Chemoautotrophic bacteria are able to reduce inorganic carbon to organic carbon (chemosynthesis) by using the chemical energy liberated during the oxidation of inorganic compounds. Their occurrence, therefore, is not light-limited but depends on the availability of oxygen and the suitable inorganic electron source. Their role as producers of organic carbon is insignificant in comparison with that of photosynthetic producers (exempting the processes found at deep-sea hydrothermal vents). The oxidation of ammonia and nitrite to nitrate (nitrification) furnishes the chemically stable and biologically most available form of inorganic nitrogen for photosynthesis. See Nitrogen cycle
The generation of methane and acetic acid from hydrogen and carbon dioxide stems from anaerobic bacterial chemosynthesis, and is common in anoxic marine sediments. See Methanogenesis (bacteria)
Marine microbial sulfur cycle
Sulfate is quantitatively the most prominent anion in seawater. Since it can be used by a number of heterotrophic bacteria as an electron acceptor in respiration following the depletion of dissolved oxygen, the resulting sulfate reduction and the further recycling of the reduced sulfur compounds make the marine environment microbiologically distinctly different from fresh water and most soils. The marine anaerobic, heterotrophic sulfate-reducing bacteria are classified in three genera; Desulfovibrio, Desulfotomaculum, and Clostridium.
The marine aerobic sulfur-oxidizing bacteria fall into two groups: the thiobacilli and the filamentous or unicellular organisms. While the former comprise a wide range from obligately to facultatively chemoautotrophic species (requiring none or some organic compounds), few of the latter have been isolated in pure culture, and chemoautotrophy has been demonstrated in only a few.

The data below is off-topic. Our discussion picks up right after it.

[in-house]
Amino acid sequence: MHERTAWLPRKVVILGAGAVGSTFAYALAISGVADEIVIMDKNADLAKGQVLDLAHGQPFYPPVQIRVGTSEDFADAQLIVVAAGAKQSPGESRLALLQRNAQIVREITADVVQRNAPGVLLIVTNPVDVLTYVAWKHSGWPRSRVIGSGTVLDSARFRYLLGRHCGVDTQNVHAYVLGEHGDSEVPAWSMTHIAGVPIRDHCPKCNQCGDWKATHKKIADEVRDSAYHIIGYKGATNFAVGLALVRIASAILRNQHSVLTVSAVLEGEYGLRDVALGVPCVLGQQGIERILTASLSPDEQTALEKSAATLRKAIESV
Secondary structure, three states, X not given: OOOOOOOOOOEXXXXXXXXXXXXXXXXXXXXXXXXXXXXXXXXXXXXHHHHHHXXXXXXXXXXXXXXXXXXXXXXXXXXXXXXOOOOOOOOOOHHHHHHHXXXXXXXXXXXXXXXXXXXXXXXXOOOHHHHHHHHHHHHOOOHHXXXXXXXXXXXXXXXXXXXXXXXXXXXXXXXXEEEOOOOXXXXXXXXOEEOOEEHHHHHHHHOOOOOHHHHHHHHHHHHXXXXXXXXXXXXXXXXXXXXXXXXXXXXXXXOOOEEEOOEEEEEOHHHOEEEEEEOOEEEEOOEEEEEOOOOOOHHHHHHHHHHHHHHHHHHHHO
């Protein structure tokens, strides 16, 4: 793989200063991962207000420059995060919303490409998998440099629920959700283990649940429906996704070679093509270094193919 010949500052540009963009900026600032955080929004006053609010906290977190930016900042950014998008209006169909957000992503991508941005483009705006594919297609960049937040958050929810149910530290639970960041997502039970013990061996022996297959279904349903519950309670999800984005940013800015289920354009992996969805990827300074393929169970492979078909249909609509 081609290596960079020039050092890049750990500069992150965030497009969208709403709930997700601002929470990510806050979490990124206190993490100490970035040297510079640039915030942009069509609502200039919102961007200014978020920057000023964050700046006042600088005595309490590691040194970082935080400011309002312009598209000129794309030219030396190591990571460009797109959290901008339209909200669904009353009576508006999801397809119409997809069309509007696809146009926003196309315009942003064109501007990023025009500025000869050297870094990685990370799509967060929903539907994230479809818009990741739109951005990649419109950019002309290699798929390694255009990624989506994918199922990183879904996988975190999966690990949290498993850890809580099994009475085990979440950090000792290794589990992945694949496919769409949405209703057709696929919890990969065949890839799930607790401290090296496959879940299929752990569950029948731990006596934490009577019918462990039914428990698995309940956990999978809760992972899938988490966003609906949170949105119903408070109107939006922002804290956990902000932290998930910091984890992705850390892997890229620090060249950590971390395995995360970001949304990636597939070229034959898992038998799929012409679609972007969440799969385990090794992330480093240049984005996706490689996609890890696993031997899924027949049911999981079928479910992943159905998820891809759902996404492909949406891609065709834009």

Hydrothermal vent bacteria
Two types of hydrothermal vents have been investigated: warm vents (8--25°C or 46--77°F) with flow rates of 1--2 cm (0.4--0.8 in.) per second, and hot vents (260--360°C or 500--600°F) with flow rates of 2 m (6.5 ft) per second. In their immediate vicinity, dense communities of benthic invertebrates are found with a biomass that is orders of magnitude higher than that normally found at these depths and dependent on photosynthetic food sources. This phenomenon has been explained by the bacterial primary production of organic carbon through the chemosynthetic oxidation of reduced inorganic compounds. The chemical energy required for this process is analogous to the light energy used in photosynthesis and is provided by the geothermal reduction of inorganic chemical species. The specific compounds contained in the emitted vent waters and suitable for bacterial chemosynthesis are mainly hydrogen sulfide, hydrogen, methane, and reduced iron and manganese. The extremely thermophilic microorganisms isolated from hydrothermal vents belong, with the exception of the genus Thermotoga, to the Archaebacteria. Of eight archaeal genera, growing within a temperature range of about 75--110°C (165--230°F), three are able to grow beyond the boiling point of water, if the necessary pressure is applied to prevent boiling. These organisms are strictly anaerobic. However, unlike mesophilic bacteria, hyperthermophilic marine isolates tolerate oxygen when cooled below their minimum growth temperature. See Archaebacteria, Hydrothermal vent